WSJ//November 2, 2010
Some high-level Democrats are calling for President Barack Obama to remake his inner circle or even fire top advisers in response to what many party strategists expect to be a decisive defeat on Tuesday.
The strategy sessions aired a range of disagreements over how to help Democrats forestall an electoral drubbing at the polls—a defeat party strategists believe could have been minimized with a different White House playbook.
Among the complaints:
Obama coveyed an incoherent messae that didn't express what Democrats would do over the next two years if they retain power;
he focused on his own image than helping Democratic candidates;
and the White House picked the wrong battle when it attacked the Republicans for using "outside money" to pay for campaigns, an issue disconnected from voters' real-world anxieties.
The latest strategy session took place Monday afternoon.
"The money thing could work, but there's never been a larger frame around it to connect it to people's lives," said Dee Dee Myers, a consultant who worked for the Clinton White House when Republicans swept the 1994 elections. She said she participated in an Oct. 8 meeting with Mr. Axelrod and about 15 Democratic strategists at the White House.
A White House official defended the Obama Team's strategy. The pushback against the flood of advertising from outside conservative groups was vital, he said. "Candidates were being pummeled by those ads. Unless we raised the issue of who was paying for it all, they were going to get swallowed alive."
He added that the White House emphasized its attacks on Republicans as a coordinated attempt with congressional Democrats to shift the race from a referendum on the economy and Democratic rule to a choice between Democrats and Republicans.
Nevertheless, interviews with Ms. Myers and other strategists in touch with the White House foreshadow the start of what Democratic strategists forecast will be finger-pointing and recriminations if predictions hold true and the party loses the House and suffers setbacks in the Senate. Mr. Obama is already planning to remake his economic team, but now strategists expect more pressure for a complete West Wing overhaul.
After Mr. Axelrod began his message meetings last September, House Democratic leaders began their own competing strategy conference calls about a month and a half ago, concluding Mr. Axelrod's pitch was missing the nuts-and-bolts discussions of the congressional election landscape. So far there have been about a half dozen sessions organized by House Speaker Nancy Pelosi (D, Calif.), Democratic Congressional Campaign Committee Chairman Chris Van Hollen (D, Md.) and Rep. Rosa DeLauro (D, Conn.)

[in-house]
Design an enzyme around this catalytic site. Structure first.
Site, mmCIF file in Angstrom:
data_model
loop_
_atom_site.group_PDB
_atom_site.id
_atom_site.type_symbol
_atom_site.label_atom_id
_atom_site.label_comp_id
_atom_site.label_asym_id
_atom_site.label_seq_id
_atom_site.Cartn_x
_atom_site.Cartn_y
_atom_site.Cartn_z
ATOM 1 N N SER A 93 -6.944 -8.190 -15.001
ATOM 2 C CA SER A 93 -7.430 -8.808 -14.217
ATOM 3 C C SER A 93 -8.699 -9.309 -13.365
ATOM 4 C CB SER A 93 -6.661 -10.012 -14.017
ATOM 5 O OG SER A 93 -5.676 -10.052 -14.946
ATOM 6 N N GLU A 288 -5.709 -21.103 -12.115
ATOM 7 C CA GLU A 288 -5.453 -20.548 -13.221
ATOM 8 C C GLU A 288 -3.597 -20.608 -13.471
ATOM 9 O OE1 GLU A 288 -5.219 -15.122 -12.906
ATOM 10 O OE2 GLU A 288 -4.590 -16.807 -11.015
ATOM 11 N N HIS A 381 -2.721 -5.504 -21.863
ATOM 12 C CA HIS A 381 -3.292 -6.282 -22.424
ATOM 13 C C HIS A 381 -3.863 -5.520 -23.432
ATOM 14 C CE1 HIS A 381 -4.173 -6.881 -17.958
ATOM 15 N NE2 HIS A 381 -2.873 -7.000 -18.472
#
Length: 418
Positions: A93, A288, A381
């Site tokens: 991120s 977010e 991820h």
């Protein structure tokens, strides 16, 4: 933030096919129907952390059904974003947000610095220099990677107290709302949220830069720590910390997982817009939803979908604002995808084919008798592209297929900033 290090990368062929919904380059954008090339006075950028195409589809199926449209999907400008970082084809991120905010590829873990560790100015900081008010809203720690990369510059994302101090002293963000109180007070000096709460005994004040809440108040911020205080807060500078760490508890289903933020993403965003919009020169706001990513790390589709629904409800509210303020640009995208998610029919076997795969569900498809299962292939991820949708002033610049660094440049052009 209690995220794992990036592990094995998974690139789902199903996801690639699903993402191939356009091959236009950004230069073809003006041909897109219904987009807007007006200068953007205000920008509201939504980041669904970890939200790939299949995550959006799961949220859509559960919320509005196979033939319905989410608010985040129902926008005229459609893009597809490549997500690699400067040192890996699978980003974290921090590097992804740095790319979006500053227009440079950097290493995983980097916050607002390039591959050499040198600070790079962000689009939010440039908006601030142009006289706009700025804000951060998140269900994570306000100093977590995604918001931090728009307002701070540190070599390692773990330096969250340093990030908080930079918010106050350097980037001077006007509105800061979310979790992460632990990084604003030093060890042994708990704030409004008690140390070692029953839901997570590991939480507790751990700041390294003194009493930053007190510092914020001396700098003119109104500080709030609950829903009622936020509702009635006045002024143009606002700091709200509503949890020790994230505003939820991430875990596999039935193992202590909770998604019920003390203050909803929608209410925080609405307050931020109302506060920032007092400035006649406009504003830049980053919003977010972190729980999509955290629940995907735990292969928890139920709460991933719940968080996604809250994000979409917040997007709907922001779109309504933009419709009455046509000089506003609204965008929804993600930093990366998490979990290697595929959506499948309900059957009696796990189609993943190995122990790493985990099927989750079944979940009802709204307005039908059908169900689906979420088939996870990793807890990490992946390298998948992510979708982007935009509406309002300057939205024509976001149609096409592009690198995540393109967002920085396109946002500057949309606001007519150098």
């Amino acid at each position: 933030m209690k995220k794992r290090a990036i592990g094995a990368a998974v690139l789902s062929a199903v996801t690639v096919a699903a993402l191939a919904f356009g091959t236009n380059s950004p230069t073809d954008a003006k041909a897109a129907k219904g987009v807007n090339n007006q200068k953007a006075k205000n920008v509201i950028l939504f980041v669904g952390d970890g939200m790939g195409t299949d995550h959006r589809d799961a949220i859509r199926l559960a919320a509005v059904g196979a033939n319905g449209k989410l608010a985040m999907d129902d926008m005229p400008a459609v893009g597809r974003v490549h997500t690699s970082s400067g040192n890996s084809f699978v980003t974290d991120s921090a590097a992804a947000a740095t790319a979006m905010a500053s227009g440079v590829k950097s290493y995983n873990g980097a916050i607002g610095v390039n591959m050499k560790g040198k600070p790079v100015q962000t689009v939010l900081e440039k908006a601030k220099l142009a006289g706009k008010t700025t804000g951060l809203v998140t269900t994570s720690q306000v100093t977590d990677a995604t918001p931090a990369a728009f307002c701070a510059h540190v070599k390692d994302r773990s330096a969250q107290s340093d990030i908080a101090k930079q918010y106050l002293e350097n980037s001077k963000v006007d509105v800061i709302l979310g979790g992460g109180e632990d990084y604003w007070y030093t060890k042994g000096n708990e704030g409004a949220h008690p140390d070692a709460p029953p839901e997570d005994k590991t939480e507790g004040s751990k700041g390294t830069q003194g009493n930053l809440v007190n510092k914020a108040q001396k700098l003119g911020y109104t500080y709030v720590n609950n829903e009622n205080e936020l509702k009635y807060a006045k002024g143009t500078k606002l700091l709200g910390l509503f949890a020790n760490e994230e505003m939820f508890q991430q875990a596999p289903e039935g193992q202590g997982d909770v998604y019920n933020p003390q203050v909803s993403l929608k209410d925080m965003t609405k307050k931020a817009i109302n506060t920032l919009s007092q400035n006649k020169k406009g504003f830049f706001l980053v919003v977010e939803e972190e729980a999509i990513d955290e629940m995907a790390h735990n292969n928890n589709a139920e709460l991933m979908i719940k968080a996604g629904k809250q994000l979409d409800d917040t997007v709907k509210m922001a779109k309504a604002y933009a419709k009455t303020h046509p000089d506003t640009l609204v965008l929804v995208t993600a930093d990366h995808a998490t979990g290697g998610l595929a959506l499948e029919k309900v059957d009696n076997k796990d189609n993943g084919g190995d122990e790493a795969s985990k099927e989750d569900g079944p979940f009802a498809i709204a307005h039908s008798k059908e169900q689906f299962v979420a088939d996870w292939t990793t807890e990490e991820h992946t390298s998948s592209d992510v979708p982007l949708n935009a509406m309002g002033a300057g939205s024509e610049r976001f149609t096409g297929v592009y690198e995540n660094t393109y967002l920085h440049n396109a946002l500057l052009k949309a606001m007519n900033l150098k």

"They just had so much faith in the president's ability to navigate all this and that no matter what the right threw at him, the president would have this force field of trust that would protect him," a House strategist said. "On the Hill, there's this sense that there are three [political] parties, the president, Democrats in Congress and Republicans in Congress."
That force field, said a number of strategists and officials, is comprised of Mr. Axelrod, Valerie Jarrett, press secretary Robert Gibbs and 2008 campaign manager David Plouffe. Some complained the White House, in its focus on building a 2012 reelection strategy, acted at times more in its own interest than that of Democratic candidates.
Another senior strategist who participated in a meeting with Mr. Axelrod said the White House hadn't grasped the economic concerns voters have— something he says Republicans seemed to understand.
Another former Clinton aide, Paul Begala, said he was "appalled" at Mr. Obama's decision to hold a fundraiser in Rhode Island, then declined to endorse Frank Caprio, the Rhode Island Democratic gubernatorial candidate. Obama aides said the president acted out of respect for the independent candidate in that race, former Sen. Lincoln Chafee, who had endorsed the president.
As if to underscore the chaotic nature of the moment, Mr. Caprio said the president could take the endorsement and "shove it."
"Everyone over there (at the White House) in a senior capacity has to own this," said a party official working on major races. "They spent '07 and '08 asking to be in charge. Now they're in charge, and when you're the leader the buck stops there."
Some senior strategists are expressing dismay publicly. A September memo by Democratic pollster Stanley Greenberg criticized the White House pitch that a vote for Republicans is a vote for "going backwards" to the policies of George W. Bush.
"After hearing this battle of Republican and Democratic messages, eight percent shift their vote to support the Republican, while only five percent move to the Democrats," Mr. Greenberg wrote. "We lose ground. These messages are helping the Republicans."
Mr. Greenberg then told a forum hosted by the liberal blog Fire Dog Lake he was "really puzzled over Democratic leaders stuck in a message that demonstrably doesn't work."
The discontent with the White House messaging and communications has come in waves. In early September, House Democrats returned from an August recess that they thought they had handled well, one senior Democratic strategist in Congress said. At least they hadn't suffered the spectacle of the previous August when angry town hall meetings dominated the news.
But, the strategist said, those good feelings were swamped by what Democrats saw as the president unnecessarily wading into the controversy over the construction of an Islamic Center in Lower Manhattan."It's been a struggle for Democrats to figure out how you close with an electorate filled with anxiety, who are not sure what Democrats have been doing has worked," says one House Democratic aide. "To say we will continue doing what we're doing is not a winning argument.